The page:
AMLO supports labor and has an actual agenda to create a strong working-class or middle-class. The wealth disparity within Mexico has always been a foundational issue that has led to a tremendous amount of corruption.
Similarly, President Trump supports labor. Likely because of his positive relationships with labor unions as a private sector builder, Trump was the only republican candidate who advanced pragmatic opinion toward organized labor in 2015, 2016 and, as president, in White House meetings where he invited labor officials. President Trump’s economic agenda is laser focused on a strong middle-class.
AMLO views Wall Street multinationals as predatory by disposition; Mexico has suffered from industrial exploitation, especially in the agriculture sector. President Trump also views those same multinationals as tending toward predatory behavior, and he has targeted many specific corporations for attention due to their participation in the erosion of the American middle-class and the U.S. manufacturing base.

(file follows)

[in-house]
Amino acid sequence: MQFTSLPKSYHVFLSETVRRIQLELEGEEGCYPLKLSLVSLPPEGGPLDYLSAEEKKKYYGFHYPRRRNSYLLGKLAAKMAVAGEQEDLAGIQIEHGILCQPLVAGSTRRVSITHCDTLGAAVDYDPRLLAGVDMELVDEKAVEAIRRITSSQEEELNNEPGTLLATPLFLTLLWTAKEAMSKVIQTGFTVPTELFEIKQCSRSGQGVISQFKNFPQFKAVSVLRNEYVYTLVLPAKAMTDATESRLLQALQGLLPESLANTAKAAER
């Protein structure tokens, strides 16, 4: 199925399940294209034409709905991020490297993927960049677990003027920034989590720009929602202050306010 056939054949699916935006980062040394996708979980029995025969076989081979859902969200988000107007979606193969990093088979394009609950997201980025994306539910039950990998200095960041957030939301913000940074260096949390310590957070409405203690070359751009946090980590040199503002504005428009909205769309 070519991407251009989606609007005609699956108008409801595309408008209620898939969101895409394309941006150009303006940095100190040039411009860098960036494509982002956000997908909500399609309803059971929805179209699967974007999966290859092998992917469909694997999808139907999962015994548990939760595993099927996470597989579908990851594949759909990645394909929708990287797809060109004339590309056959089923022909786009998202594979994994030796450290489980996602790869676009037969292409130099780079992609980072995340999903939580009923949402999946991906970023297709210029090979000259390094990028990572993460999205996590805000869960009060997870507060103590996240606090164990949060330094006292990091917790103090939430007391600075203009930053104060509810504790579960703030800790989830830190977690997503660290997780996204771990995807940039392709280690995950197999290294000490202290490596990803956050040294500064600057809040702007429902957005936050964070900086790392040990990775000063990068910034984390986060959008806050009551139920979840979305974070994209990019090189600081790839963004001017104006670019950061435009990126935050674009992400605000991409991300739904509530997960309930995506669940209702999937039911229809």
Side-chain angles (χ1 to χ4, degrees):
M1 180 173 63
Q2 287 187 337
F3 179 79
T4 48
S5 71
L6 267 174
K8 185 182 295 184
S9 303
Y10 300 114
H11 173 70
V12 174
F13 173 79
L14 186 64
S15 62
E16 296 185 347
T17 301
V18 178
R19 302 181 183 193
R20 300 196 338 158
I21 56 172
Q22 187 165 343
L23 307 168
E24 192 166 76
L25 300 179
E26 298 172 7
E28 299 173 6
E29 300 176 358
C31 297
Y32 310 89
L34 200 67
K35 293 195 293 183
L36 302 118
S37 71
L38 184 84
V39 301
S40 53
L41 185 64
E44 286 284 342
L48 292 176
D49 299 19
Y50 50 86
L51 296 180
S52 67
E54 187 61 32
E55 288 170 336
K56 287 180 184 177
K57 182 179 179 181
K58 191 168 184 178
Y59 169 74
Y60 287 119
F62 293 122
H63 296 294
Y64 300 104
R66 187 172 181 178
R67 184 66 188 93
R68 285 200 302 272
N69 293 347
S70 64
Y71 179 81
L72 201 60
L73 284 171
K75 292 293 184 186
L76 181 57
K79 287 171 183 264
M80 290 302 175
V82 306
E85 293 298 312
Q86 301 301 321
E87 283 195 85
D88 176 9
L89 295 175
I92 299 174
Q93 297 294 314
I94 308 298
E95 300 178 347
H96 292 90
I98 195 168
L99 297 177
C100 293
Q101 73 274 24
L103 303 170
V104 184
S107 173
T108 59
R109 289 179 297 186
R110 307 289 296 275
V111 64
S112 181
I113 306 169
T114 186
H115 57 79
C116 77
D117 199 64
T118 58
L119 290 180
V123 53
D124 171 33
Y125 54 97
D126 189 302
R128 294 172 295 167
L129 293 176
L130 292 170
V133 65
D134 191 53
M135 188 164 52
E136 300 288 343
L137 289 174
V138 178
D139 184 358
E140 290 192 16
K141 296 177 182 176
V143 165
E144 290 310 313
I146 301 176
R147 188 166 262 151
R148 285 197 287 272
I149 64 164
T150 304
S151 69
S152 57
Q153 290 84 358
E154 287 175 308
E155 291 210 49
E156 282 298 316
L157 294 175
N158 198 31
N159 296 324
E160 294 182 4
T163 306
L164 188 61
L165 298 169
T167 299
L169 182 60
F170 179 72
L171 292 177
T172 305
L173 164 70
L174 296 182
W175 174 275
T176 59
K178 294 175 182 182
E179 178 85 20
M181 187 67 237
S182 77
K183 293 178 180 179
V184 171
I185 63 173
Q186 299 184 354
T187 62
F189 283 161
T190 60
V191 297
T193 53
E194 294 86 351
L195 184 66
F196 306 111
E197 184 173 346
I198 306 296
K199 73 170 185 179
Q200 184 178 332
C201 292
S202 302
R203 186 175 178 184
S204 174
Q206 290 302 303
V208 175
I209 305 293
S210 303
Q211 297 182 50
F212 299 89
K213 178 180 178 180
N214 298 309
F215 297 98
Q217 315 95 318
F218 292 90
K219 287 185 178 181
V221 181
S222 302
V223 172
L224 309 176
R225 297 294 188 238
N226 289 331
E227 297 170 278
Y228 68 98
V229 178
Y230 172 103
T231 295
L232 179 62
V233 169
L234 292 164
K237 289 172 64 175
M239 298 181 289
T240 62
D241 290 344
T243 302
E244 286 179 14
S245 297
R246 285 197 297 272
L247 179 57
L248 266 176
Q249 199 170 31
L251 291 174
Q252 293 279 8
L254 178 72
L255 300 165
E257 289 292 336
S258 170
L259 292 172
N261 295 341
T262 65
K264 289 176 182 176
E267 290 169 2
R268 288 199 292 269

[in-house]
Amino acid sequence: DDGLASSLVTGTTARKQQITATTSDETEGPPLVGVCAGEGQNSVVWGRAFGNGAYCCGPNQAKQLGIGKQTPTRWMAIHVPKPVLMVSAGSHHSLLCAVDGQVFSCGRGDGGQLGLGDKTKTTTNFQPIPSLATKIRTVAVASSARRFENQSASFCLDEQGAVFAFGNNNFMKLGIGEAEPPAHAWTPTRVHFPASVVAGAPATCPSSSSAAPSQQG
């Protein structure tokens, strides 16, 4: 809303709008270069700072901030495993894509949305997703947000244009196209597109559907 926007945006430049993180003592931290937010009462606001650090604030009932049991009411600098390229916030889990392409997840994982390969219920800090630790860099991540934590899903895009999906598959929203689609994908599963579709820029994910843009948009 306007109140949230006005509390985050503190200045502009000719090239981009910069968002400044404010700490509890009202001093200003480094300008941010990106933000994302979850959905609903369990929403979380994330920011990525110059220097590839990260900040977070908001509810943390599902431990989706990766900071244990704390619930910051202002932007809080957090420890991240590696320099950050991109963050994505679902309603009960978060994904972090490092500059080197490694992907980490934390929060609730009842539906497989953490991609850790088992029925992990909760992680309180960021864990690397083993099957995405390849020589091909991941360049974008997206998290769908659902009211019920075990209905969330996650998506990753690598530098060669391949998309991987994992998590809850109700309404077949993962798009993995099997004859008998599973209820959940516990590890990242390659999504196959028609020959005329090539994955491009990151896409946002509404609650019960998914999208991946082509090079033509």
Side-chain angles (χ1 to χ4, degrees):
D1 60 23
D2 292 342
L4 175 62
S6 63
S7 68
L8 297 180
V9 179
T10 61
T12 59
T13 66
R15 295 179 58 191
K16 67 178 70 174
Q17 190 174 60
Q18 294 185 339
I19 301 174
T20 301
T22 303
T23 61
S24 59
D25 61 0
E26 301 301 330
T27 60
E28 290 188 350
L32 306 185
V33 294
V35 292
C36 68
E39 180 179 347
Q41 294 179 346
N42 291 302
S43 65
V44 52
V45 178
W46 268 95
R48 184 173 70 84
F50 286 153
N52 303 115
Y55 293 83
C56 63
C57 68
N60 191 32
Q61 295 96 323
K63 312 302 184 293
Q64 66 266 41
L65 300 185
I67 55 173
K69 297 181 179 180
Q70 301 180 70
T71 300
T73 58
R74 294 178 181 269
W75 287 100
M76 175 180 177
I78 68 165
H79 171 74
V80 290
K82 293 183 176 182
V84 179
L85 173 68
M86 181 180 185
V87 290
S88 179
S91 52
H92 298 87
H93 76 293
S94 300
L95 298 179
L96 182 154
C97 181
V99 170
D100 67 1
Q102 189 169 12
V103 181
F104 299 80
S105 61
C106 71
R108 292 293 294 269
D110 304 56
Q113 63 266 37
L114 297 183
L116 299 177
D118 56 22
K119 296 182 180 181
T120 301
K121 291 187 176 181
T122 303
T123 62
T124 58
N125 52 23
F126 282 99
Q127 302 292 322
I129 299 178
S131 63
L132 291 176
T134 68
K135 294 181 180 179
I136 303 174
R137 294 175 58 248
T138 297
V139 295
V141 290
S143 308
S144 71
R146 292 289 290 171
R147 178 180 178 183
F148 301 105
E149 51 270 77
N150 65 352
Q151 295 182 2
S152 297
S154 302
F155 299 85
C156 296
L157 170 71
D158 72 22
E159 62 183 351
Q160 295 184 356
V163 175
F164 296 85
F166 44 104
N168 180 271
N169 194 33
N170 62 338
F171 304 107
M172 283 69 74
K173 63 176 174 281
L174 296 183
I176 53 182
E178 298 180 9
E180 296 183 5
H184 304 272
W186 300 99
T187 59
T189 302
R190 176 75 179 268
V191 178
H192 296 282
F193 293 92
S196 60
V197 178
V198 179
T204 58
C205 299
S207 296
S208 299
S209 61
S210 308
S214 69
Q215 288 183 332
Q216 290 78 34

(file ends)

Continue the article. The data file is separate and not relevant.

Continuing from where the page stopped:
AMLO is a strong Mexican Nationalist. President Trump is a strong American Nationalist. Within almost all of President Trump’s foreign policy speeches on economics, he openly accepts that all nations should make decisions based on their individual and nationalistic needs. Trump does not see economic nationalism as adversarial; he points out that trade agreements based on both interests are entirely possible, and actually easy to construct.
As long as AMLO stays away from the authoritarian tendencies of power, ie. government ownership of private industry – and the slippery slope of soft-Marxism, surprisingly he and President Trump are likely to have a great deal more in common than most would think. Both populists; both nationalists; both rebuke the elitist trappings of globalism and intend on executing economic policies for the majority of their citizens.
Because they have more in common on the economics of policy, this explains why the framework of the U.S-Mexico trade agreement between Robert Lighthizer (representing Trump) and Jesus Seade (representing AMLO) was possible to construct.
Lighthizer and Seade held long meetings after formal U.S-Mexico daily negotiations, and together this relationship appears to have been very important in how the deal framework was structured. Right now both teams are filling in the details based on common objectives.